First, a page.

8. Effective and efficient brand monitoring and measurement

It can be tempting for organisations to do a brand programme, and not put in proper monitoring and measurement – and indeed support – systems to maintain them properly. The most successful organisations integrate these systems into their day to day operations and plans.

9. CSR as core social responsibility

In an all-seeing digital world, and in a sharper business environment where employees at all levels can be ambassadors or saboteurs for the company’s reputation, there really will be no hiding places any more. Organisations will have no choice but to be transparent in their dealings and fulfil their promises, or to have transparency forced on them. Corporate social responsibility (CSR) seems to be an overused buzz term in too many organisations today, and a whole new industry has grown up around it. Although good intentions may be there, all too often organisations look at
CSR as an insurance policy, or a more sophisticated form of cause-related marketing, rather than as core to their operations.

10. Always act like a leader brand

What can be termed a ‘leader brand’ today is not a brand leader in the old fashioned sense, reflecting scale and muscle alone. Rather, it reflects a newer, restless and agenda-setting leadership across all areas of philosophy and operations, inside and out.

10 Key Attributes of Brand-Guided Company

Booz Allen Hamilton and the brand consulting firm Wolff Olins carried out research among marketing executives across Europe. It shows that over 90 percent of companies believe their brand is a key element of their success—twice as many as five years ago. Yet less than 20 percent put the management of their brand at the heart of their business systems and capabilities. This appears to be significant in explaining superior brand performance.

The study identified three categories of organizations:

Brand-guided companies

…recognize the importance of brands and sound management of brands for their business success. They have established a common understanding of what the company stands for, and hence have assigned clear brand ownership at top management level. Brand-guided companies occur across all industries.

Emerging brand companies

…have not yet fully recognized the importance of brands for their business success but expect brands to become increasingly important over the next five years. They are working on establishing a common understanding of their brand within their company, but have not yet established clear brand ownership.

Brand-agnostic companies

…do not consider brands to be an important factor to their business success today and do not believe they will be important in the next five years. They do not intend to develop a common understanding of their brands within the company and have no interest in establishing clear brand ownership in their organizations.

Brand-guided companies have clearly-defined brand values that are understood throughout the entire organization. They establish well-defined ownership for management of the brand at top management level. This enables the brand to provide the cohesive force that guides key activities—such as product development, customer service, sales, and operations—and supports the strategic management process.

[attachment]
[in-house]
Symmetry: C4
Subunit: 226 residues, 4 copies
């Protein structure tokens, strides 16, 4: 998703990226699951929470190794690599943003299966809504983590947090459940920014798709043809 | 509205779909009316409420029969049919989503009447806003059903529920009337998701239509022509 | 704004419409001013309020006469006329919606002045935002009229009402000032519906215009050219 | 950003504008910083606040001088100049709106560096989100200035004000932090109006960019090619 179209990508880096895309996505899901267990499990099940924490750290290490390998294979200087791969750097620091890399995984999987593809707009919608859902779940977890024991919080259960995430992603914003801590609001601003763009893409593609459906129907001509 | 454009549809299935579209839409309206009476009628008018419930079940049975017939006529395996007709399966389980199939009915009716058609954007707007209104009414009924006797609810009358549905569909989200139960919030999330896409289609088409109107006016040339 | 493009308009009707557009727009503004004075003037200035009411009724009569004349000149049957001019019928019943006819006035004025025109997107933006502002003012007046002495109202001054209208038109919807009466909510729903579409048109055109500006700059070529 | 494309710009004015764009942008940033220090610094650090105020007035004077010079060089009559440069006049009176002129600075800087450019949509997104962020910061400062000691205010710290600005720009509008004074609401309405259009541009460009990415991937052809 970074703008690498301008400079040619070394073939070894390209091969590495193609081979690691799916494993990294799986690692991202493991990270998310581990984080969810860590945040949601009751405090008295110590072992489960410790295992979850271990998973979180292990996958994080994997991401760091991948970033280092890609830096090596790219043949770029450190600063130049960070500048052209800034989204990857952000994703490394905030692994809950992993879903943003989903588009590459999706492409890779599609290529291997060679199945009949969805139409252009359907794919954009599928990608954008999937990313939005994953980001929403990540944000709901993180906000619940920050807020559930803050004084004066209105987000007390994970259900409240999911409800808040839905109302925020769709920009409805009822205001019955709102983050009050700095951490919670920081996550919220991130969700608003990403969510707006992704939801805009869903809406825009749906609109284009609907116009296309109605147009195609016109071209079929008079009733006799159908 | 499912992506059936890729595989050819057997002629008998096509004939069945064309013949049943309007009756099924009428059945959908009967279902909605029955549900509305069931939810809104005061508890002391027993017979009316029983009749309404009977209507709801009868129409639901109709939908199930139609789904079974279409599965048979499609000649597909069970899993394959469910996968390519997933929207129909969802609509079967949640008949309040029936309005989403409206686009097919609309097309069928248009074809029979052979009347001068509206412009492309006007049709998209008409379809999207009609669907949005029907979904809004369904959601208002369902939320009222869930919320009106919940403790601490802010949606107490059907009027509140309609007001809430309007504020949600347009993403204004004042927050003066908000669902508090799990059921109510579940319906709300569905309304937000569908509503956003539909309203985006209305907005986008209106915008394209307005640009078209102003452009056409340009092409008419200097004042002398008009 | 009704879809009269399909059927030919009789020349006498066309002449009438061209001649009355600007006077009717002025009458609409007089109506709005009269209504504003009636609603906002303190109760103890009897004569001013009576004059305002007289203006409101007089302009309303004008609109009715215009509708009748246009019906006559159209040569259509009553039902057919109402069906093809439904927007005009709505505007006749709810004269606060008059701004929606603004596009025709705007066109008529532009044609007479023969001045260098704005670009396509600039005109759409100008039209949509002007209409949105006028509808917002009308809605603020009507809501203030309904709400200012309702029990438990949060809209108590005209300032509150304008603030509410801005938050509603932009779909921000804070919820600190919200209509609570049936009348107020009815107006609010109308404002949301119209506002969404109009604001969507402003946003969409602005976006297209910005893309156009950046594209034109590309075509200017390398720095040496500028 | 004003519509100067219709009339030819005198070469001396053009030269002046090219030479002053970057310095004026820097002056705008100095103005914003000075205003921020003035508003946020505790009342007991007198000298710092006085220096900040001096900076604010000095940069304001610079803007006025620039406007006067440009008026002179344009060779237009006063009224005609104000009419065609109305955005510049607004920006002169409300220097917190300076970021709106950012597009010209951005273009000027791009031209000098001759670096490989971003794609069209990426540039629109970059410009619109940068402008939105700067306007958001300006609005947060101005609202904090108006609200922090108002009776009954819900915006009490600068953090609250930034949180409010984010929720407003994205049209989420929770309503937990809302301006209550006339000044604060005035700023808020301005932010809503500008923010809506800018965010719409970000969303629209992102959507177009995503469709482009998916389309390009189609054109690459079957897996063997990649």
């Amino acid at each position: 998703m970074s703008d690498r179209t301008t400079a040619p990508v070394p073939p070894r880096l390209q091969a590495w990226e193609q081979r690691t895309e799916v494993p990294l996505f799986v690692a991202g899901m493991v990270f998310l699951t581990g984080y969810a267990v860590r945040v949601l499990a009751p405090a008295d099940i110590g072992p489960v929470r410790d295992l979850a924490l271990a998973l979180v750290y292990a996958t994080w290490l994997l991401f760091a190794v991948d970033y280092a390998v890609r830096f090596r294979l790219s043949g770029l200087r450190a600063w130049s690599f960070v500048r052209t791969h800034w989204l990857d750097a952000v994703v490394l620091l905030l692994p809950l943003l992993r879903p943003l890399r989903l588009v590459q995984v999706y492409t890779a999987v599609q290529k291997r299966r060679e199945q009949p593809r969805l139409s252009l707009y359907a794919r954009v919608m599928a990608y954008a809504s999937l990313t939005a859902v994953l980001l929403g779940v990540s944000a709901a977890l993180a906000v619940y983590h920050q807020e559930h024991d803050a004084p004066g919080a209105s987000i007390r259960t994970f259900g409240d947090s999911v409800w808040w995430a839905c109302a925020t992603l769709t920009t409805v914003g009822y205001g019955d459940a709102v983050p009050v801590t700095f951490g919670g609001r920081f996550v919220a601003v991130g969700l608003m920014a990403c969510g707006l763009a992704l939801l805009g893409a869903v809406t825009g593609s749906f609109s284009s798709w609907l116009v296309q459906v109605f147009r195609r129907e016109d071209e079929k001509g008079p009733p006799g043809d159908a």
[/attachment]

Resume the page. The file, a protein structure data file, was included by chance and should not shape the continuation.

On average, the research shows that brand-guided companies have profitability margins nearly twice the industry standard.

The study also identified 10 key attributes of brand-guided organizations.

  1. The company recognizes that the brand is a key asset in delivering its strategic targets at a level that is higher than the industry standard
  2. The company doesn’t consider the brand as merely a communications issue—brand is recognized as the key platform to link the company strategy with customers and employees
  3. Brand management processes are integrated seamlessly into the company’s processes—i.e., “branding” is not a separate activity
  4. Success is generated by corporate confidence—the brand delivers that success by providing a catalyst for the company’s products, services and employees
  5. Senior management is accountable for the brand’s continued health—brand responsibility resides at C-level
  6. All employees share a belief in the brand as well as a common understanding of it, the power of the brand acts as an incentive to employees, employees’ activities are aligned with the brand values and contribute to building and strengthening the brand, and employees are measured and rewarded by the success of these brand-guided activities
  7. Marketing department is able to talk in terms of expected return on their investments—marketers can leverage customer insights to make the most effective marketing decisions, they can also analyze what they know about customers to contribute effectively to strategy in the future, and marketing activities are always closely aligned with the core brand values
  8. The company has sufficient IT capability in place to capture data on customers, segment them effectively, respond to their needs, and catalyze marketing techniques to deliver high ROI